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A Comparative Analysis of Sales Forecasting Models: Pros and Cons of Different Approaches

January 19, 2024

A Comparative Analysis of Sales Forecasting Models: Pros and Cons of Different Approaches

Ariel Gottfeld

Ariel Gottfeld

Every business – no matter its size or industry – can benefit from sales forecasting. In fact, forecasting is essential.


The most basic sales forecasting definition is this: the process of estimating future revenue based on how much of a product or service will sell in the forecasting period.

Having a glimpse into the future can help you make smarter decisions today.

Even if you understand the importance of sales forecasting, you may not know which forecasting model to use in your business. Let's explore some of the most common models used by companies today.

4 Common Sales Forecasting Models

While there are many sales forecasting methods, these four are the most common.

  1. Time Series Models

Now that you know the importance of sales forecasting, let’s look at one of the most common sales forecasting methods: time series.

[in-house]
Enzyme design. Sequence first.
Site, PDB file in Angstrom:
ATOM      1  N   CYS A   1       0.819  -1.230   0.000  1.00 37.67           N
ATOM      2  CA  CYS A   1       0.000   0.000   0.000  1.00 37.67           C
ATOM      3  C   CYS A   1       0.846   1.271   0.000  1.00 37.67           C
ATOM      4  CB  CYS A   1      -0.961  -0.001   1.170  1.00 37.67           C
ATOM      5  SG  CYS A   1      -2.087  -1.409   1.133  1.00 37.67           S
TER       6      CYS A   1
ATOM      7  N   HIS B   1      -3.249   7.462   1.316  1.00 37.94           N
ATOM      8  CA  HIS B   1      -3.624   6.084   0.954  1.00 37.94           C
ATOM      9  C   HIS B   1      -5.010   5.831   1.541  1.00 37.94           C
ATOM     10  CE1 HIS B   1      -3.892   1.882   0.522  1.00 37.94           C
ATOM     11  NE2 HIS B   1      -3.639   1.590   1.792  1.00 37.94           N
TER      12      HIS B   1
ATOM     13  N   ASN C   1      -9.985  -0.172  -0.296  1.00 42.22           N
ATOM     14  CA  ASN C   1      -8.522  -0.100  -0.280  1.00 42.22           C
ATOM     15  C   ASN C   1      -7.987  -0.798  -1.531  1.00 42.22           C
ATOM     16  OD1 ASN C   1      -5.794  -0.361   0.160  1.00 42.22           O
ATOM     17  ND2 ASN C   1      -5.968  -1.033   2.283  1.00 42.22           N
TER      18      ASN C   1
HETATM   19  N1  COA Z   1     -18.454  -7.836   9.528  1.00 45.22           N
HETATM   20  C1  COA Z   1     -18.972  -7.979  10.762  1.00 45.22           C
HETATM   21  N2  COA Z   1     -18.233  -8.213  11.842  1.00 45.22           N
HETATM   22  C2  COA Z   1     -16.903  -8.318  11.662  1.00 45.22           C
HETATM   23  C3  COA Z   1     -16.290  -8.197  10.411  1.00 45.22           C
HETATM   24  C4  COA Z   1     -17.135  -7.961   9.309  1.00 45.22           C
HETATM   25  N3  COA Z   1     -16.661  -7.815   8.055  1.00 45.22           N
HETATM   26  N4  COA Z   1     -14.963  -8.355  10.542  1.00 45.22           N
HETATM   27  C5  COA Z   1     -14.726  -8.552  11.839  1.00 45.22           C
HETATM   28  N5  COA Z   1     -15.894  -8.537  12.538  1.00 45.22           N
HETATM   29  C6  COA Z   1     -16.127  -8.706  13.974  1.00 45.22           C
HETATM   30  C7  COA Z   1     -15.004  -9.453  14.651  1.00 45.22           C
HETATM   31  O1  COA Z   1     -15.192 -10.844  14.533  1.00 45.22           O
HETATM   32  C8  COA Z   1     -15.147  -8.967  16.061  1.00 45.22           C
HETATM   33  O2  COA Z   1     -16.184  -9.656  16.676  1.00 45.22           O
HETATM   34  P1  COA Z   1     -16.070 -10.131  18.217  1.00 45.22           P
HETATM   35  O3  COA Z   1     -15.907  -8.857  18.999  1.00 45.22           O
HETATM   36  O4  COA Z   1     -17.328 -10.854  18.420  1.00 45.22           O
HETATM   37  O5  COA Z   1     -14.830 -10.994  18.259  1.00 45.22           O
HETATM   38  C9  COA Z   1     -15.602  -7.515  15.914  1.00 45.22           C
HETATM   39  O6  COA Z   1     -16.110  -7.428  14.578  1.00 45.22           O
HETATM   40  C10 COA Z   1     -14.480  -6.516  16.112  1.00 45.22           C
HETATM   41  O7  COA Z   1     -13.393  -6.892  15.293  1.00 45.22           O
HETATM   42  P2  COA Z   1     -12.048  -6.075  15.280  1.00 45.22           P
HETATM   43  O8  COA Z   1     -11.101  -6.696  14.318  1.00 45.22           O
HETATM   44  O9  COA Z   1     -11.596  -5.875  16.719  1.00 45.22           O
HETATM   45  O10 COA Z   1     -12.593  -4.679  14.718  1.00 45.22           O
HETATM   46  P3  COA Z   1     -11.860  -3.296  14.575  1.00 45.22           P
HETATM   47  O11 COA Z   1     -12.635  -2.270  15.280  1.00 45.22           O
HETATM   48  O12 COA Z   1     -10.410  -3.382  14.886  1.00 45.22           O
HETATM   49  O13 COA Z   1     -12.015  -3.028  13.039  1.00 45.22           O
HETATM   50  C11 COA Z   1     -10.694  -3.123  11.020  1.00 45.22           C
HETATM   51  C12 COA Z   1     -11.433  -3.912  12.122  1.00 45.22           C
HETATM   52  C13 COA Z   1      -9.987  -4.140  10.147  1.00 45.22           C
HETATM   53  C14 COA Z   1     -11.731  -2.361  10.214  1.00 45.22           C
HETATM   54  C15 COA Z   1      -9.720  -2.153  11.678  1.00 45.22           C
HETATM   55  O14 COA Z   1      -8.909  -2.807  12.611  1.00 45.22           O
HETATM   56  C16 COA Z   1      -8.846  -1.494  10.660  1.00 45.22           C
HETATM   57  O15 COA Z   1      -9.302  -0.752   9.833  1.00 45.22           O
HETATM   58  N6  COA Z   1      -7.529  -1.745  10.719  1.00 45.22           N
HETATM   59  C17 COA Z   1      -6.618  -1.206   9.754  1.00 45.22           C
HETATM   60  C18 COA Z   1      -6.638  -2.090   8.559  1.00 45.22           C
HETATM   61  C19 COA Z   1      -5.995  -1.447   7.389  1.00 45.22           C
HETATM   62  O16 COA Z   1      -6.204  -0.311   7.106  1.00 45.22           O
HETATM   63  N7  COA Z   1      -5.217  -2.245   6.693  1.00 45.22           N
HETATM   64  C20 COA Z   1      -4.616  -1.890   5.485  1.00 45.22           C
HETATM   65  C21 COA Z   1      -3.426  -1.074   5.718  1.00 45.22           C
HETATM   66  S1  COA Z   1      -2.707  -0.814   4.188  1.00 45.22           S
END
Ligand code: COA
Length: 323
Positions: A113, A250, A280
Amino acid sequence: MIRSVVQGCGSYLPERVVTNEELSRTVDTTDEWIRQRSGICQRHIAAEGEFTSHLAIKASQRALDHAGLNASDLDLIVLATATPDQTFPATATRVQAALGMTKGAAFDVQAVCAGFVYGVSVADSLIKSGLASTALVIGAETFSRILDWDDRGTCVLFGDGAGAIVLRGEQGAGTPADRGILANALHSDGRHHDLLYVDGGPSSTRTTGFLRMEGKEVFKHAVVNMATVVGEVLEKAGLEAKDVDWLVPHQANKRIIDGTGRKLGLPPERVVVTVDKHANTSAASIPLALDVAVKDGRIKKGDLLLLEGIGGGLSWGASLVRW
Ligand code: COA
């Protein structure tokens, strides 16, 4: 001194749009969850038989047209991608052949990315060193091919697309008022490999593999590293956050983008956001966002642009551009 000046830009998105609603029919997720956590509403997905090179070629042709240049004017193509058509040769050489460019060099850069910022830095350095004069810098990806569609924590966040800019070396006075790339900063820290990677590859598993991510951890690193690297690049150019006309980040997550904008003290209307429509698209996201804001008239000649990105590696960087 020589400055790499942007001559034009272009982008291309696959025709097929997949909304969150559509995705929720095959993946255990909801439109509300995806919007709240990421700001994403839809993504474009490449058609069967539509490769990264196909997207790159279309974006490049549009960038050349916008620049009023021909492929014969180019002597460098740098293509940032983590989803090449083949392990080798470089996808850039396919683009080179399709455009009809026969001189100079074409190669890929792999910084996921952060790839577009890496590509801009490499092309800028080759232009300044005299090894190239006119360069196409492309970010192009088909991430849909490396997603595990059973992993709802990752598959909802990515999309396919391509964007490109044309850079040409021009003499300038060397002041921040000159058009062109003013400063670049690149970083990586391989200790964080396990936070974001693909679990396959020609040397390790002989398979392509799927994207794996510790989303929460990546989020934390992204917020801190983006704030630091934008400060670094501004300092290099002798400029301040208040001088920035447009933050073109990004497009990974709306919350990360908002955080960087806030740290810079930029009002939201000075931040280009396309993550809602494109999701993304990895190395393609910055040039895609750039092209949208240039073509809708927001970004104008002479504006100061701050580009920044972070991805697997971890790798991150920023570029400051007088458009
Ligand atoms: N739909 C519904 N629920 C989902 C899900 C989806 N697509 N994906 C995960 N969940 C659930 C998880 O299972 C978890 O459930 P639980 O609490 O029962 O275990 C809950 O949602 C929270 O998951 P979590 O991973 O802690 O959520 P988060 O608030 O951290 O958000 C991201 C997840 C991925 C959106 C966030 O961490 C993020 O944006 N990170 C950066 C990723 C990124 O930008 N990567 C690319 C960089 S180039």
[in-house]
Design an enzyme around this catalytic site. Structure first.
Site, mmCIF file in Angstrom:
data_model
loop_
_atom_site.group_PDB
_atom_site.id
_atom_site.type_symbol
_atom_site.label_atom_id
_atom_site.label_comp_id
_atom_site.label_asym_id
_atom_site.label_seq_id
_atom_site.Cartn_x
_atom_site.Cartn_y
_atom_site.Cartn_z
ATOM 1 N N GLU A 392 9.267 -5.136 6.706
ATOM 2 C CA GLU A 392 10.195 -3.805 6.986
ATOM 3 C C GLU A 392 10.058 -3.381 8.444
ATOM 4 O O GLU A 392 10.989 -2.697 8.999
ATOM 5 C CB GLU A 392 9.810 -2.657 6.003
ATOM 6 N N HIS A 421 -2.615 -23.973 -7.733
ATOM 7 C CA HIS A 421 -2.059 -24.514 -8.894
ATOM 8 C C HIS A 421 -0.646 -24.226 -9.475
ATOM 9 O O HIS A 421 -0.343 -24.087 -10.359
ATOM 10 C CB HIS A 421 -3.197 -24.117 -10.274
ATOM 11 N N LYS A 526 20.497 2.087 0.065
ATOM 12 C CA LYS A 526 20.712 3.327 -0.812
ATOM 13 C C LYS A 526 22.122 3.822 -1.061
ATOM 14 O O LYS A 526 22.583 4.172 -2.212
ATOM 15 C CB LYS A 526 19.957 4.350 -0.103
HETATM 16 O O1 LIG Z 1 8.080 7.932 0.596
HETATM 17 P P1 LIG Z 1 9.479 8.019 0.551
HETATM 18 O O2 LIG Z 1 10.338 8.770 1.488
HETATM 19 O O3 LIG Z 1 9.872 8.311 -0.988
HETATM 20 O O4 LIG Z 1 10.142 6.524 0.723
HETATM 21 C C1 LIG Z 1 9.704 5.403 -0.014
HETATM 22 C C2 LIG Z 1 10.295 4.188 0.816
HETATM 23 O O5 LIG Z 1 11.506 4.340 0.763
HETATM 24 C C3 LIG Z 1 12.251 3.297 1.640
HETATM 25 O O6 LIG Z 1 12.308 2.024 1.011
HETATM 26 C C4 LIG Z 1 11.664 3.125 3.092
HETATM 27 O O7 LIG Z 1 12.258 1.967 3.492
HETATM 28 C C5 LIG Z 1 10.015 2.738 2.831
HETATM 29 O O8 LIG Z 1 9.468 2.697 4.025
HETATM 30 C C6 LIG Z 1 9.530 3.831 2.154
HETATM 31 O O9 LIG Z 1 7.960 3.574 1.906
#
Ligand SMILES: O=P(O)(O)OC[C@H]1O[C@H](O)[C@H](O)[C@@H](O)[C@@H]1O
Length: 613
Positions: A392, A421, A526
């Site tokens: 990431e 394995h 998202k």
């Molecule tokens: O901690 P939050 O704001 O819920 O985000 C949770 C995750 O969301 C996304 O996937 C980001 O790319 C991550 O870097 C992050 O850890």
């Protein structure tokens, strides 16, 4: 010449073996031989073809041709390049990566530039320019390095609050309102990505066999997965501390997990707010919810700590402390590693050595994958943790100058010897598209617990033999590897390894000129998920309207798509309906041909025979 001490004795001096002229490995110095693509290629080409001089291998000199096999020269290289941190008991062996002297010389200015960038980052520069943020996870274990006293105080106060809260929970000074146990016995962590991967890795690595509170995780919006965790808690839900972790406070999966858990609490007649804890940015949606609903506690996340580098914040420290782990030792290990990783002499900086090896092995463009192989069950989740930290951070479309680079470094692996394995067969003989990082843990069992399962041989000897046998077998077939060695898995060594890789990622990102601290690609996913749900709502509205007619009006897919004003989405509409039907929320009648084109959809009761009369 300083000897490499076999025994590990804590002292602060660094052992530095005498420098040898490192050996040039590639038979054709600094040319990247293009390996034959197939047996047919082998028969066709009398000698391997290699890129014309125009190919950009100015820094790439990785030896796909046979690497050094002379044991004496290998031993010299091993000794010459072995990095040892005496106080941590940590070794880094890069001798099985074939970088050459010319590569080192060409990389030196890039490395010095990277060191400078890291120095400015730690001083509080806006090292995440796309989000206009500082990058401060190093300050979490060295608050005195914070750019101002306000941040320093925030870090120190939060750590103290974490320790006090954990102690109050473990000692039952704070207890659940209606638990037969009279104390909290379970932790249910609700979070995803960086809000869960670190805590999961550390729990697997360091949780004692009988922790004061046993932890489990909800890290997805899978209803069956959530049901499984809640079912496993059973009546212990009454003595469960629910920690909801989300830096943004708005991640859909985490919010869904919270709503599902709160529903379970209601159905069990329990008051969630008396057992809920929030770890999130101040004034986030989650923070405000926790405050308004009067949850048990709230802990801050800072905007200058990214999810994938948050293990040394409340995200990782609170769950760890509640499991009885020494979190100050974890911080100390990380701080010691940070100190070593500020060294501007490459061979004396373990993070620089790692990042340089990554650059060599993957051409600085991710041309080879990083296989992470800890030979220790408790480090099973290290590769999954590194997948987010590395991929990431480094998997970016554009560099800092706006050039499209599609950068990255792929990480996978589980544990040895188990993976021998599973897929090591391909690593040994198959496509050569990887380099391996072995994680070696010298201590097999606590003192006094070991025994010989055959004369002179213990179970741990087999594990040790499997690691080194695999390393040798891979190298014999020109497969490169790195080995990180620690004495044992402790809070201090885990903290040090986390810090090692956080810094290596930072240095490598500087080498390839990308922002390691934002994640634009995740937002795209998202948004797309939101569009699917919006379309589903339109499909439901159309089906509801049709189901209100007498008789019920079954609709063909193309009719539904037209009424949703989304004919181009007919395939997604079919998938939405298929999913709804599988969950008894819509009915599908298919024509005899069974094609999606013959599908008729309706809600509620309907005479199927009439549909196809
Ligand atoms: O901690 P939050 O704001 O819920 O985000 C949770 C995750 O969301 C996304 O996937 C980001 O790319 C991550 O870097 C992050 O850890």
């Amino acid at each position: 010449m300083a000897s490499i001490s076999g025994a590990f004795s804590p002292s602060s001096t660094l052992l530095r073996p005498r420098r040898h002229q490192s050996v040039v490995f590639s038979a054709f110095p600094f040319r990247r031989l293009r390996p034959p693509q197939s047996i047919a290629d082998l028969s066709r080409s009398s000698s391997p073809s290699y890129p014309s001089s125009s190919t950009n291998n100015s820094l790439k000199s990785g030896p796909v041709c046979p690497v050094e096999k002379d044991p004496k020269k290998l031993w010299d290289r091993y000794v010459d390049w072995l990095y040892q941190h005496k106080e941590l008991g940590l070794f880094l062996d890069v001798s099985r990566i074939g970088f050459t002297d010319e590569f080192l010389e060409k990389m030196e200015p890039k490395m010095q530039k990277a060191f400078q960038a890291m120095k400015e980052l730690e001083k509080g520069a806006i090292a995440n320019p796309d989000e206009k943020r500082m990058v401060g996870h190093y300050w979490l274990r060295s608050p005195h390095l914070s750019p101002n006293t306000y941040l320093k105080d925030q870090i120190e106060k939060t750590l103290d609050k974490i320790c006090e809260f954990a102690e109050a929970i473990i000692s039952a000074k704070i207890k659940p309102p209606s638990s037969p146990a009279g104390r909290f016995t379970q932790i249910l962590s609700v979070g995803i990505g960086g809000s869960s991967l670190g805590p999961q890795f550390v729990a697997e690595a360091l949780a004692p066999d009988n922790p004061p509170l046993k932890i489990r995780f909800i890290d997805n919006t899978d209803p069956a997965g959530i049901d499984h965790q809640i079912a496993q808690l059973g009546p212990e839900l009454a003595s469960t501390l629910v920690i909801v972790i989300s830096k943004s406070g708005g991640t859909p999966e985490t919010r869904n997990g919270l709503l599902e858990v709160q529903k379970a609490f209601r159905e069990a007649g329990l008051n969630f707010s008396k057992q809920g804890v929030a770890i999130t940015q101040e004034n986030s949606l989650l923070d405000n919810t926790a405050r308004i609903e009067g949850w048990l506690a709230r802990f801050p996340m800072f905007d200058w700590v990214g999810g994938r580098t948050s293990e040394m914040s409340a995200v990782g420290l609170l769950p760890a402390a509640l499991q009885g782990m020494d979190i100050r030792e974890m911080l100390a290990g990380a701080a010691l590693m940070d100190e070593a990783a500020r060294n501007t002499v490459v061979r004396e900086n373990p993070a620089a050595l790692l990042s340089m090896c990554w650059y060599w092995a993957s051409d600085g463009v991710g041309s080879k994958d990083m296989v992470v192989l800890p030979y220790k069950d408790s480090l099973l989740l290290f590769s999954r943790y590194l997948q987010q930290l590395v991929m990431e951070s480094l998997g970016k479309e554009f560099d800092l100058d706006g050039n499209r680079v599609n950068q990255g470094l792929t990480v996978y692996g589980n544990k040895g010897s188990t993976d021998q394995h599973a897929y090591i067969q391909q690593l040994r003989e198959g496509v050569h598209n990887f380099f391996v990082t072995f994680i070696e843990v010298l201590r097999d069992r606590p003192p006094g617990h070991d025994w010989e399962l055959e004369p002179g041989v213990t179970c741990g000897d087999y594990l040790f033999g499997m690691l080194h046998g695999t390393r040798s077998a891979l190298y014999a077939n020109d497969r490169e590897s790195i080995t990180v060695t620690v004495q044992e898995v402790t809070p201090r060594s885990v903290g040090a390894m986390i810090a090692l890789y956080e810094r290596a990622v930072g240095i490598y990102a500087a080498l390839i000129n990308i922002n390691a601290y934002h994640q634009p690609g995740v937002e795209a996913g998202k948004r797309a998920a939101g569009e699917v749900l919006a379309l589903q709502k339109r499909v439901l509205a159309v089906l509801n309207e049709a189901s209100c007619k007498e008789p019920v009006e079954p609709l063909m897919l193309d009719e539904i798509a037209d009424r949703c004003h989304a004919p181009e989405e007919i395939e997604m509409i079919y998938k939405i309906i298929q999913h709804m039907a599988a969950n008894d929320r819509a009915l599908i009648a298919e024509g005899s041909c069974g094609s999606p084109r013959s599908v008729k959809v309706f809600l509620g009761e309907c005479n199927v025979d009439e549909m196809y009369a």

Time series forecasting projects future sales based on your past sales trends. This method also takes into account seasonality, which allows for more predictable future demand.

Simply put, the time series model uses data from previous periods (quarterly sales, monthly sales, etc.) and uses a mathematical equation to estimate future sales.

It’s important to understand the advantage and disadvantage of forecasting with this model.


Time series models have quite a few advantages.

They can help you:

  • Identify patterns
  • Predict lulls or spikes in sales
  • Facilitate strategic planning
  • Know when to execute your plans


While there are many advantages of time series forecasting, there are some limitations that need to be considered.

Time series forecasting isn’t always accurate and reliable.

Your forecasted revenue and actual revenue may not match 100% simply because some markets are highly volatile.

Time series forecasting can also be a time-intensive process and costly.

  1. Regression Analysis